• Portugal: Best form – Boosting entrepreneurship tools for migrants

      Description: This project transferred, applied and disseminated a Community-Based Business Support (CBBS) model that was developed in the United Kingdom. It was developed and co-ordinated by Sociedade Portuguesa de Inovação (SPI) and ran between 2010 and 2012. The focus of the project was to support entrepreneurship activities by immigrant communities by improving the abilities of business advisers to address specific challenges faced by the immigrant communities and training new business advisers who come from immigrant communities.

    • Romania: A chance for those in rural areas

      Description: This 3-year project started in August 2010 and aims to promote entrepreneurial culture in rural areas by creating conditions for the development of profitable non-agricultural enterprises. This project covers the rural areas from the North-West Region and Centre Region of Romania and is implemented by two partner NGOs, Maramures Center for Development of SMEs and Harghita Center for Innovation and Business Incubation. Eligible participants are unemployed people who have worked in subsistence agriculture.

    • Slovak Republic: REGIONFEMME

      Description: REGIONFEMME is a project aimed at the support and training of women entrepreneurs in the western region of the Slovak Republic, near the Austrian border. The project operated between 2009 and 2013 and provided education and training, as well as business counselling. It was implemented in co-operation with the Slovak Chamber of Commerce and Industry – Bratislava Regional Chamber of Commerce and the Association of Women in Business. The project also partnered with the Wirtschaftskammer Wien in Austria.

    • Slovenia: Entrepreneurially into the world of business 2013

      Description: The project Entrepreneurially into the world of business 2013 was implemented in the framework of the Operational Programme for Human Resources Development for 2007-13. The project uses a combination of mentoring and training to help participants to acquire the core skills to launch and develop their business ideas. The target group for this project are highly educated unemployed individuals in Slovenia under the age of 35 who have a higher education, masters or doctoral degree, regardless of school or study programme.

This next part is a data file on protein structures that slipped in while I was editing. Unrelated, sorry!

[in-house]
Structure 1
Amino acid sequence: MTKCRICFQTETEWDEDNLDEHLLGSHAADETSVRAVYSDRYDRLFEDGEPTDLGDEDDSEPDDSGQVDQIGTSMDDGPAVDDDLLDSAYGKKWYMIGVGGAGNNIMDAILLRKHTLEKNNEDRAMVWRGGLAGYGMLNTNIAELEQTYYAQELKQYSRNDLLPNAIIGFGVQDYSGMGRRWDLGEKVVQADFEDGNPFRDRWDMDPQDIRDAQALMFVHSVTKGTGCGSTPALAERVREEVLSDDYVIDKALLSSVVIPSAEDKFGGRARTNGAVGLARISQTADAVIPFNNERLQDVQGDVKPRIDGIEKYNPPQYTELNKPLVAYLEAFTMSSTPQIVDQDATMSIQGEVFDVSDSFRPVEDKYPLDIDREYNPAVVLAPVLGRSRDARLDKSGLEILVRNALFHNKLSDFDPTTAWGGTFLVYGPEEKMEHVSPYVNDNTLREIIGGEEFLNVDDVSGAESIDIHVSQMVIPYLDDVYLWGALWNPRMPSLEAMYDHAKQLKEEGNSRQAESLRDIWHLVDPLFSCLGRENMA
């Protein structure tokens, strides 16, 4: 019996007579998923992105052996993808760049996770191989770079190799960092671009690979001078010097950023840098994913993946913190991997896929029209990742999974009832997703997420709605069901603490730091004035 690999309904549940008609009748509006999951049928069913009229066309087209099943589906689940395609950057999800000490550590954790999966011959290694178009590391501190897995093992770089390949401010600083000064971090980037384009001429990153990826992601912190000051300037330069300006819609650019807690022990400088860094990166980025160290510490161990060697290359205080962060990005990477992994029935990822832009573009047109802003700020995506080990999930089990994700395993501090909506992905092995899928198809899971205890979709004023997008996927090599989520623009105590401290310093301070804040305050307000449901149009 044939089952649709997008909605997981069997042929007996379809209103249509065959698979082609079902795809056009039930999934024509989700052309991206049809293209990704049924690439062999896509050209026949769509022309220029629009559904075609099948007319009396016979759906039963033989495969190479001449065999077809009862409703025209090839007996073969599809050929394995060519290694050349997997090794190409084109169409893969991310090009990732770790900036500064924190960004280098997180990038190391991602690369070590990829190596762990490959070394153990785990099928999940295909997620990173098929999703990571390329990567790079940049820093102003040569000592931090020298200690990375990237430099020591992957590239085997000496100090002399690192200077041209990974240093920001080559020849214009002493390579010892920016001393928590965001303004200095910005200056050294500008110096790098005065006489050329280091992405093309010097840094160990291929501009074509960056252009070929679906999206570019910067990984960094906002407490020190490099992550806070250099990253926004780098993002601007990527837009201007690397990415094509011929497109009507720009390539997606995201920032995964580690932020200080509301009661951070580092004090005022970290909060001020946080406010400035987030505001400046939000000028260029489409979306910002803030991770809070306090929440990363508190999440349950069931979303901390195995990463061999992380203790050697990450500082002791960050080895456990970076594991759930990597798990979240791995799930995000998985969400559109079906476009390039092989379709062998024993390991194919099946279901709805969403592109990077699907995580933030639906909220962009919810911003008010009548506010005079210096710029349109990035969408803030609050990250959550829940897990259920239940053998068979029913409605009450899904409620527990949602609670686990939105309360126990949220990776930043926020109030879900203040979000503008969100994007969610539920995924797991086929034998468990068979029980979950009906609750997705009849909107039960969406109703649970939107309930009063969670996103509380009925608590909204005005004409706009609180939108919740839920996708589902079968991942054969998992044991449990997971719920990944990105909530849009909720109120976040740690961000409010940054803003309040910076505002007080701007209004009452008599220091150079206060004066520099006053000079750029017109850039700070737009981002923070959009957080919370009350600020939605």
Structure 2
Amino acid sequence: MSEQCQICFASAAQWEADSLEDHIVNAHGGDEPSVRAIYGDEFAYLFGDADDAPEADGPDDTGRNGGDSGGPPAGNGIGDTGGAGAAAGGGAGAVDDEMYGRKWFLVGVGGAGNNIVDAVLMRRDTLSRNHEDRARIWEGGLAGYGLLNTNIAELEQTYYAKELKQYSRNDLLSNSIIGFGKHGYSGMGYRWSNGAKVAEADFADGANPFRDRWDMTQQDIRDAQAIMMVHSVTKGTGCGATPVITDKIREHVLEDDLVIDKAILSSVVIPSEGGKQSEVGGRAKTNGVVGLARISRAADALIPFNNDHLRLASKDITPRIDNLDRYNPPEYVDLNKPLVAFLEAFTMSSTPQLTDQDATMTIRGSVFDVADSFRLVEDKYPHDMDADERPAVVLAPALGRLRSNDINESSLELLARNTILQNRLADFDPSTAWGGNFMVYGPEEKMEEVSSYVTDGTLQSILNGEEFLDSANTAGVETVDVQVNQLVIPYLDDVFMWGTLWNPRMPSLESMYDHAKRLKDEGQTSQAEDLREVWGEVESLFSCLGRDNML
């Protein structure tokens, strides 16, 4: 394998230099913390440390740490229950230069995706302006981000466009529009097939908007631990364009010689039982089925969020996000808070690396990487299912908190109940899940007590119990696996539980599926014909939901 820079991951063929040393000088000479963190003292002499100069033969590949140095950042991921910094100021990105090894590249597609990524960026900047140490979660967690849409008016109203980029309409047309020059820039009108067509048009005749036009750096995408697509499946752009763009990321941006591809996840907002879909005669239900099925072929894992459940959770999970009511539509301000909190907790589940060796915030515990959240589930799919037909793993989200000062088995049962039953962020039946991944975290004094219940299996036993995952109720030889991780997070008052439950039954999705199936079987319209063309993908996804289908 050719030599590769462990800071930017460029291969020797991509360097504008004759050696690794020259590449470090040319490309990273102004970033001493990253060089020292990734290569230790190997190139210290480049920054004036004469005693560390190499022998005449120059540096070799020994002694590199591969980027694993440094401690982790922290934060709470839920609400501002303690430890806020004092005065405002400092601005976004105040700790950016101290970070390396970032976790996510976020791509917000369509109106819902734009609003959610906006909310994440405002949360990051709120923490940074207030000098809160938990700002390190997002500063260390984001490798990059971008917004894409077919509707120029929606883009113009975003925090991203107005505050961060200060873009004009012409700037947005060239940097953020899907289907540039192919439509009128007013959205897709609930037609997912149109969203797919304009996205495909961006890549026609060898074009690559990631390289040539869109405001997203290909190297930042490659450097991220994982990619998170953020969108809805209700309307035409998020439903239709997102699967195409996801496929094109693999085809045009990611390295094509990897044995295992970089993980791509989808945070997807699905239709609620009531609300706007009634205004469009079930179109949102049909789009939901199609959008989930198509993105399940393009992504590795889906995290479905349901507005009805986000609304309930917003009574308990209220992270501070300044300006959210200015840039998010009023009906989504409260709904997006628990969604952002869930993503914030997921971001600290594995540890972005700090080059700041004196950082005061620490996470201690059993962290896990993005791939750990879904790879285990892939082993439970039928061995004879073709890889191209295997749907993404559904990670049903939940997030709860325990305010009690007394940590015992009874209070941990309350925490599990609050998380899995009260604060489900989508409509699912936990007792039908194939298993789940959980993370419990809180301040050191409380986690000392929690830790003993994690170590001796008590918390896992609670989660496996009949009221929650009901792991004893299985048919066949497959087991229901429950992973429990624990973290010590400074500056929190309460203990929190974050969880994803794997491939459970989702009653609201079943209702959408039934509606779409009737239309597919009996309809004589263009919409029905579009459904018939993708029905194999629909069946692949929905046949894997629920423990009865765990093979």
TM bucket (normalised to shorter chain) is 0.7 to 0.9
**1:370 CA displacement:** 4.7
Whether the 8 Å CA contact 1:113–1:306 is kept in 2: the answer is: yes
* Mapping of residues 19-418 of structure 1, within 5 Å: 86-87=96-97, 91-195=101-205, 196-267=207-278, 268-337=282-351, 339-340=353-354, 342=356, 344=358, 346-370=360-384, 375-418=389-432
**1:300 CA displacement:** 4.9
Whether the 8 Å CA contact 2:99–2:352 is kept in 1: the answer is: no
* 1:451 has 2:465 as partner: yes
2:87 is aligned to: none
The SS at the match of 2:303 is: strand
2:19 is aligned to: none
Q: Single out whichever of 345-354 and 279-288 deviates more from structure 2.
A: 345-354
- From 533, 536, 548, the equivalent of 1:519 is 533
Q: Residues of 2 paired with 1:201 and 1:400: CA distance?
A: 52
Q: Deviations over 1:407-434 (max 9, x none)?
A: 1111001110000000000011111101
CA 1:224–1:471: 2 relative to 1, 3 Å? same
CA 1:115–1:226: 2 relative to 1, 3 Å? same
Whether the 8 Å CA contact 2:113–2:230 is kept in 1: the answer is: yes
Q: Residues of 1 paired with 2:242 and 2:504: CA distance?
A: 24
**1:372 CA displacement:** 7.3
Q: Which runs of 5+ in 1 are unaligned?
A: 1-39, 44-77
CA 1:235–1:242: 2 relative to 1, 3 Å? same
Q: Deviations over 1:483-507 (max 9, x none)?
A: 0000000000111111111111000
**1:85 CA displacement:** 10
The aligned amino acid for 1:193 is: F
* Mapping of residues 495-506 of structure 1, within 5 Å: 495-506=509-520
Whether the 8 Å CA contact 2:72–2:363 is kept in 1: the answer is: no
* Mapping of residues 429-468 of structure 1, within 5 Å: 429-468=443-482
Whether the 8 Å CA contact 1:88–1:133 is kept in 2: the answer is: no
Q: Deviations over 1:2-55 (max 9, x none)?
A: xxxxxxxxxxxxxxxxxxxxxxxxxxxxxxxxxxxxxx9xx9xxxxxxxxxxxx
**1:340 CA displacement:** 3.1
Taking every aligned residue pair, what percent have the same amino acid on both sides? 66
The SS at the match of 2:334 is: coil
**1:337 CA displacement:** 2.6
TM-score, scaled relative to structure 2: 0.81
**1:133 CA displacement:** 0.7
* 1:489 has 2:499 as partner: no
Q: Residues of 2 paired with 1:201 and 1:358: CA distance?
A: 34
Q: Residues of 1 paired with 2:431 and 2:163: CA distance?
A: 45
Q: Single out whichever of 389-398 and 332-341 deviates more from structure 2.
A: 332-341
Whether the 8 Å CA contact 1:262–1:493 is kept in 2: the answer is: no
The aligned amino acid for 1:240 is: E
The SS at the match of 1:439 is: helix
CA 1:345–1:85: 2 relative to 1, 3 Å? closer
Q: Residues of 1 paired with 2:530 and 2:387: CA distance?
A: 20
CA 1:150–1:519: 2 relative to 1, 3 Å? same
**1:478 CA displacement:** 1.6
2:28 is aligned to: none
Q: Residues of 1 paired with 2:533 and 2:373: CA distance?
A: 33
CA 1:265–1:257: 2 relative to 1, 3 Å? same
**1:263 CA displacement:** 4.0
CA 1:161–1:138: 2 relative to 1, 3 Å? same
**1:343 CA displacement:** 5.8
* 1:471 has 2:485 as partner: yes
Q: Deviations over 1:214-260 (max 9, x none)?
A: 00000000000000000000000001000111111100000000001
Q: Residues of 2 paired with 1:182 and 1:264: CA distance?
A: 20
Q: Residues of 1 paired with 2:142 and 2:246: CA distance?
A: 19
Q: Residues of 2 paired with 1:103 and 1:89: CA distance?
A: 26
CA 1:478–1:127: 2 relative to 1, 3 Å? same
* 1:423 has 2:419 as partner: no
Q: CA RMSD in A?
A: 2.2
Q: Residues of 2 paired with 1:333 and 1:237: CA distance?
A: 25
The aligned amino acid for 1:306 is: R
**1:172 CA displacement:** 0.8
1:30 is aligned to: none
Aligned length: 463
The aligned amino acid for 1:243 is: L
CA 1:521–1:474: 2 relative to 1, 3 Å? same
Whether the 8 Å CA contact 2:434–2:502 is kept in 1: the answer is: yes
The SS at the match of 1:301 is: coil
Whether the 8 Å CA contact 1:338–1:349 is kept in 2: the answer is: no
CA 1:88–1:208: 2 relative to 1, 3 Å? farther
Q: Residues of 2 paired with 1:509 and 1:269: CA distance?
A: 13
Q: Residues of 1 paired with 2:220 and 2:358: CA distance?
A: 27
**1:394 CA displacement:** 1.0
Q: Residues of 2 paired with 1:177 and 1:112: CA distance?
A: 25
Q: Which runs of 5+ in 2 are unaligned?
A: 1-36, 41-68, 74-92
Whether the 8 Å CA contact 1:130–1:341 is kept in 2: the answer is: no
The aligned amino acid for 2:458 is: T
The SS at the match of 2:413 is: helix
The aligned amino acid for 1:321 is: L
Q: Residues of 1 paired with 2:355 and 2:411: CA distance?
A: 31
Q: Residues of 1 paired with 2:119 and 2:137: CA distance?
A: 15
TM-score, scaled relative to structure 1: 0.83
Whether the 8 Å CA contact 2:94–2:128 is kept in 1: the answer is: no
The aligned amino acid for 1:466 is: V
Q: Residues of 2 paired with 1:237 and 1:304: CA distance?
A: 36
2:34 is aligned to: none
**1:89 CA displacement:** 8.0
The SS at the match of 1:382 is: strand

• Spain: Programa operativo de la Comunidad Foral de Navarra 2007-13 (Support for self-employment in Navarra 2007-13)

      Description: The aim of this scheme is to engage unemployed people in self-employment. The programme provides training, technical advice and financial support to launch a new business (up to EUR 10 000) for unemployed individuals who invested at least EUR 12 000 in long-term assets in the previous 6 months.

    • Sweden: Ambassadors for women's entrepreneurship

      Description: This project is one element of a more general policy to increase women’s interest and participation in entrepreneurship. The project aims to increase general knowledge on women’s entrepreneurship in society so that more women will create businesses. It is aimed at experienced (i.e. ambassadors) and potential women entrepreneurs, as well as the general public. The project includes a variety of actions, focussing on a group of women entrepreneur role models.

    • United Kingdom: Local Enterprise Growth Initiative (LEGI) programme

      Description: The Local Enterprise Growth Initiative (LEGI) programme ran from 2006 to March 2011. It aimed to release the economic and productivity potential of the most deprived local areas in England through entrepreneurship and investment and thus boosting local incomes and employment opportunities to build sustainable communities. The programme was based on national funding being provided to 20 deprived areas following a competitive tendering process. A local authority was eligible to apply for LEGI funding if it ranked among the 50 most deprived local authorities areas against the 2000 or 2004 Index of Multiple Deprivation indices. All bidders were required to provide an integrated support package and while the offerings varied widely, they often included a variety of support to enterprise and employment such as enterprise education, support with franchising opportunities, cluster and sector development, increased access to public procurement opportunities and attracting investment.